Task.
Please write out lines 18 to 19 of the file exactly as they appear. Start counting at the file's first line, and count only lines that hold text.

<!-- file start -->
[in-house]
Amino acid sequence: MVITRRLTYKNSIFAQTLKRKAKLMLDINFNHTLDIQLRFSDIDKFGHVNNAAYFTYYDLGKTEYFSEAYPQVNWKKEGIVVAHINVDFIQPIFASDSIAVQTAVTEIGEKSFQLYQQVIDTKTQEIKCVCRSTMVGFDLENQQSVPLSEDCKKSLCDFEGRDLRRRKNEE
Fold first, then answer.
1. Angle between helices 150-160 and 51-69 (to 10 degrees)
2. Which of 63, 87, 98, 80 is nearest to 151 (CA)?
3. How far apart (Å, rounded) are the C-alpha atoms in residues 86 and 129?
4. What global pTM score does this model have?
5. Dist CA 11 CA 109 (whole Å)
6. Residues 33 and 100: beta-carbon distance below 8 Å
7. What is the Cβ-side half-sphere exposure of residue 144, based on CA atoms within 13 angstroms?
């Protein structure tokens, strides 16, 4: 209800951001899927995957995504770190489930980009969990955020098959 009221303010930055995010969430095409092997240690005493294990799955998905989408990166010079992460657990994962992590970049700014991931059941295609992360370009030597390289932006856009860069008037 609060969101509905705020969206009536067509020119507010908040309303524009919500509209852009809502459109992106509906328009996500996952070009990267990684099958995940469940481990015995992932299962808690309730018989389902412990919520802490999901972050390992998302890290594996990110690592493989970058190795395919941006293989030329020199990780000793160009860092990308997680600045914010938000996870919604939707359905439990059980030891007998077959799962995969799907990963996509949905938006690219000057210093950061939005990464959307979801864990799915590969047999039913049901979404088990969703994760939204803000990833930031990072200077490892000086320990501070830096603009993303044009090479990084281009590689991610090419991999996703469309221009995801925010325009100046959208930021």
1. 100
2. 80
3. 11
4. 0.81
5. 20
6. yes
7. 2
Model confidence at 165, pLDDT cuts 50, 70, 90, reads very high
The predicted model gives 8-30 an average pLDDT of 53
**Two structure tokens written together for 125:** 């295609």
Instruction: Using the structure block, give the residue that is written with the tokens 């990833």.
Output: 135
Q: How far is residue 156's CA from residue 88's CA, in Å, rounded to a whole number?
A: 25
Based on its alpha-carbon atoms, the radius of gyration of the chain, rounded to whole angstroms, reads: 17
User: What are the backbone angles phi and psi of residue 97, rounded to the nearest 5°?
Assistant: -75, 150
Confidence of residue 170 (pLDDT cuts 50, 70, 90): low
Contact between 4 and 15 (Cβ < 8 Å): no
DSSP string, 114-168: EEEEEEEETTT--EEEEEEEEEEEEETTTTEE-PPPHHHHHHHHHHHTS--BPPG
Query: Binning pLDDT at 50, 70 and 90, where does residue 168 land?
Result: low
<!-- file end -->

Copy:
7. 2
Model confidence at 165, pLDDT cuts 50, 70, 90, reads very high